Novell Buys Online Workspace Provider SiteScape
Collaborative online workspaces for business people—a fringe concept just a couple of years ago—is now a hotly contested market, with WebEx launching WebOffice, Adobe’s Acrobat gaining Web conferencing features, Yahoo integrating Zimbra, and Microsoft pushing Office Groove (the legacy of its 2005 acquisition of Beverly, MA-based Groove Networks). And that’s just the beginning of the list. Now Waltham, MA-based Novell is solidifying its own presence in presence, so to speak. The business infrastructure software provider announced that it’s acquiring Maynard, MA-based SiteScape, which makes an office collaboration suite called SiteScape Forum and an open-source Web conferencing platform called ICEcore.
The basic concept behind all of the collaborative workspace platforms is the same, although the list of components differs from product to product. Most combine a range of disparate tools that office workers tend to use anyway— e-mail, instant messaging, message boards, shared calendars, secure document sharing with version control, and live multimedia Web meetings—into a single package accessible via either a downloadable client program or a Web browser. Some, like SiteScape Forum, add additional features borrowed from the Web social-networking world, such as wikis and blogs.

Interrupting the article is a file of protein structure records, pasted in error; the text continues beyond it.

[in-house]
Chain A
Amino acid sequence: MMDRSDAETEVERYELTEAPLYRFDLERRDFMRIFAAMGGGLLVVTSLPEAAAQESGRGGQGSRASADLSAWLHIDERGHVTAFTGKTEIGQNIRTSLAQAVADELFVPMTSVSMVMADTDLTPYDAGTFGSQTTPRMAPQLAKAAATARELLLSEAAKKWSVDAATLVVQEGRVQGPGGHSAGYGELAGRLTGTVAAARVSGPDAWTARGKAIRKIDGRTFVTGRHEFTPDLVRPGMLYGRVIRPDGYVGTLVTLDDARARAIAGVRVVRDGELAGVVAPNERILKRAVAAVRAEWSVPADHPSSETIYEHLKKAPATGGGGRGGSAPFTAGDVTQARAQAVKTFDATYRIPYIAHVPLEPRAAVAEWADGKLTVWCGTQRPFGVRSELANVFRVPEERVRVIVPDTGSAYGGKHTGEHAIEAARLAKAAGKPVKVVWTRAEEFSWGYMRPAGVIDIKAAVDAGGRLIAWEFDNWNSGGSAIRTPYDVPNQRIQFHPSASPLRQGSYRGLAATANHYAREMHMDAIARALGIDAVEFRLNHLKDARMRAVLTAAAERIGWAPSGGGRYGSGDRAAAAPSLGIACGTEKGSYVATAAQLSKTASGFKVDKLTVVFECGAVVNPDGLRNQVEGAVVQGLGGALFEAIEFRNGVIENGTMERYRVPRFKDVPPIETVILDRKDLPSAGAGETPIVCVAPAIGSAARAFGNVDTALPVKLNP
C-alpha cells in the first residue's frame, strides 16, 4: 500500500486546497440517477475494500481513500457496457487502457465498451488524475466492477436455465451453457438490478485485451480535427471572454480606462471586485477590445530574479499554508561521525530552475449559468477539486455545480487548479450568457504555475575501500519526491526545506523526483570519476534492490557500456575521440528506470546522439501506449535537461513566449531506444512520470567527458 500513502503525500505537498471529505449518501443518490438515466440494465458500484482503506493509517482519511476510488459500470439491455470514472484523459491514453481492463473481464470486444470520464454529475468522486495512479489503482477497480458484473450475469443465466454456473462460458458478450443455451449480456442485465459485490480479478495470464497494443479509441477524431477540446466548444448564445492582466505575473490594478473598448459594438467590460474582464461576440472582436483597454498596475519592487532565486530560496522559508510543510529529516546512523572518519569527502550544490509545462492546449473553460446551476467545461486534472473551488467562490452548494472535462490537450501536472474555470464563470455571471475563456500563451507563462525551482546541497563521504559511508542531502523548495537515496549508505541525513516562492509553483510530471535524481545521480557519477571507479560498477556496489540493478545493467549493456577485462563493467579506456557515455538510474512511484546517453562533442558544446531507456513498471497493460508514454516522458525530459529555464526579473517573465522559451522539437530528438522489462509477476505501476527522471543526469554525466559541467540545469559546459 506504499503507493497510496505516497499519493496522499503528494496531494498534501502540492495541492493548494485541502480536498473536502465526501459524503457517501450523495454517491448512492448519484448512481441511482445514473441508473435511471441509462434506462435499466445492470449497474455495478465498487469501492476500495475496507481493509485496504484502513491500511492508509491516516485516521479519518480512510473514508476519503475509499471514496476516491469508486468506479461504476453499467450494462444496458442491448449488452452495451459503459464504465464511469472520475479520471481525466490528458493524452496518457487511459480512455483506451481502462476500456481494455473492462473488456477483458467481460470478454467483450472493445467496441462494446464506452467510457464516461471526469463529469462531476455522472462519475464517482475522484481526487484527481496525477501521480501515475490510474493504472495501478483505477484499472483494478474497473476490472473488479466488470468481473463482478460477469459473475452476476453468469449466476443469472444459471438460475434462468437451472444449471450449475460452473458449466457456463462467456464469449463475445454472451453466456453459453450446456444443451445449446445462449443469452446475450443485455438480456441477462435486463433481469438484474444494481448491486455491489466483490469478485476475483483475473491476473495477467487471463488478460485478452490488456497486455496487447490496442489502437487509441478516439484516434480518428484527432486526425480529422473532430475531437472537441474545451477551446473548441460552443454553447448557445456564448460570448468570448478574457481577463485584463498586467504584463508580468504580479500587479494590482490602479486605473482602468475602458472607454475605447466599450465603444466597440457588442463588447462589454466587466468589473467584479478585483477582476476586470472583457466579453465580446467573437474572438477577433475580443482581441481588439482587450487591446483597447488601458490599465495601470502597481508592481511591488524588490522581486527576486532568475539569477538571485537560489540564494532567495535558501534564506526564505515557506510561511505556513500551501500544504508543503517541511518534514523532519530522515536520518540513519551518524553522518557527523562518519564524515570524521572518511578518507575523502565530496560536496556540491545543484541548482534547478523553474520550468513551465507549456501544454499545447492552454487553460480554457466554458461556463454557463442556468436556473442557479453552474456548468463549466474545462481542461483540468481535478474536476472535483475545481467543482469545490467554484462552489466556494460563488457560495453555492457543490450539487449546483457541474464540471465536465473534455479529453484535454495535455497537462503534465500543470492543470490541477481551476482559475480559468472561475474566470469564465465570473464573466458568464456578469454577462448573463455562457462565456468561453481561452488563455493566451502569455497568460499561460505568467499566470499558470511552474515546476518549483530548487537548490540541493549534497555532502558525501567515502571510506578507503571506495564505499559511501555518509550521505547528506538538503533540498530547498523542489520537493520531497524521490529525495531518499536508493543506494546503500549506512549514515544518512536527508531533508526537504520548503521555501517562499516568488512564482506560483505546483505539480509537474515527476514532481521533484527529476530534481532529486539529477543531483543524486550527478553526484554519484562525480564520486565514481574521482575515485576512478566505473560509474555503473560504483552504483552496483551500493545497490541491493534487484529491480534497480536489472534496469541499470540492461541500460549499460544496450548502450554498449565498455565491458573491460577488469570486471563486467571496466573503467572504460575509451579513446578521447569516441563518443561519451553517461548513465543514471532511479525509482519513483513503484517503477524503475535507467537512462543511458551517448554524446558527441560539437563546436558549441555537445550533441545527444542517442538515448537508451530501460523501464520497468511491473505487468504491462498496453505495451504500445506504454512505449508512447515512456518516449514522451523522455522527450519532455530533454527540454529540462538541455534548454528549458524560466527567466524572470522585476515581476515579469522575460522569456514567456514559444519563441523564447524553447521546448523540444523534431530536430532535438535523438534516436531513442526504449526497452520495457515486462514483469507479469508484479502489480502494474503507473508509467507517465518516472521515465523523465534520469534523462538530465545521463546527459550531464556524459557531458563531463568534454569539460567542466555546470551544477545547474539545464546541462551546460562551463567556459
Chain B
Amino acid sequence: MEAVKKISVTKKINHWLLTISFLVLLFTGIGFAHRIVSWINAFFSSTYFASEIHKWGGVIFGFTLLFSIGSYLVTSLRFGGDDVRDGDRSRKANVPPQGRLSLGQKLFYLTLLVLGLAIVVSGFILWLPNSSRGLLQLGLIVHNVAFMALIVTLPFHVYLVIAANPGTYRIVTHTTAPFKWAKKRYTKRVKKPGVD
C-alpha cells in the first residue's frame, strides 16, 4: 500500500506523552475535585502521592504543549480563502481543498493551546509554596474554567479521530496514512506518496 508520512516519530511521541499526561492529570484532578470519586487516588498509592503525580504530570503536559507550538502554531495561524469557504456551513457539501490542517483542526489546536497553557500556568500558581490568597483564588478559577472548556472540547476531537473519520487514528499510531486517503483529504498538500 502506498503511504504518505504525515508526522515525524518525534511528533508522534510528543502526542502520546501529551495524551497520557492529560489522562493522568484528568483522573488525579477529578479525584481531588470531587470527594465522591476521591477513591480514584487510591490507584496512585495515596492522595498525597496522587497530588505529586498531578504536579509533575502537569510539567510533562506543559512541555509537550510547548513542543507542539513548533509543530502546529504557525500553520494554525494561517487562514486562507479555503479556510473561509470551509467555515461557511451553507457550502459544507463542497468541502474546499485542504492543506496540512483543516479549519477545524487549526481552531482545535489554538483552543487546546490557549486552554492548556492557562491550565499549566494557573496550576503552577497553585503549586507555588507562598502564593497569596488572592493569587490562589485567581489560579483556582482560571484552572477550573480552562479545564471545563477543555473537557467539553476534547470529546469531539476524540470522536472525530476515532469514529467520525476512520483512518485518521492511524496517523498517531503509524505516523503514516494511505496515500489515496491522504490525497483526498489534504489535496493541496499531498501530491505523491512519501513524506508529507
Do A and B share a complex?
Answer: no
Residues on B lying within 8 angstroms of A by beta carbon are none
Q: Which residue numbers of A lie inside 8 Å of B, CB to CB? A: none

Increasingly, providers of business-communications and productivity software feel they must offer all of these real-time collaboration features to stay competitive. Novell formed a partnership with SiteScape last year, using its open-source ICEcore platform to create a workspace service called Novell Teaming + Conferencing that complemented the company’s existing GroupWise product. Given that partnership, plus Novell’s heavy investment over the last several years in other open-source systems such as SUSE Linux, the prospect of owning the ICEcore code base made SiteScape into a logical acquisition target.
At least, so says Ron Hovsepian, Novell’s president and CEO, in the press release announcing the purchase, the financial details of which were not disclosed. “The acquisition of SiteScape fits squarely into the corporate strategy we have laid out,” Hovsepian said. “It extends our leadership in promoting open source in the enterprise market and is a key technology addition in an area where we see great growth potential. Most importantly, it allows us to move aggressively to give customers a new, open option for collaboration, helping them escape vendor lock-in and offering easy integration across platforms, whether Linux or Windows.”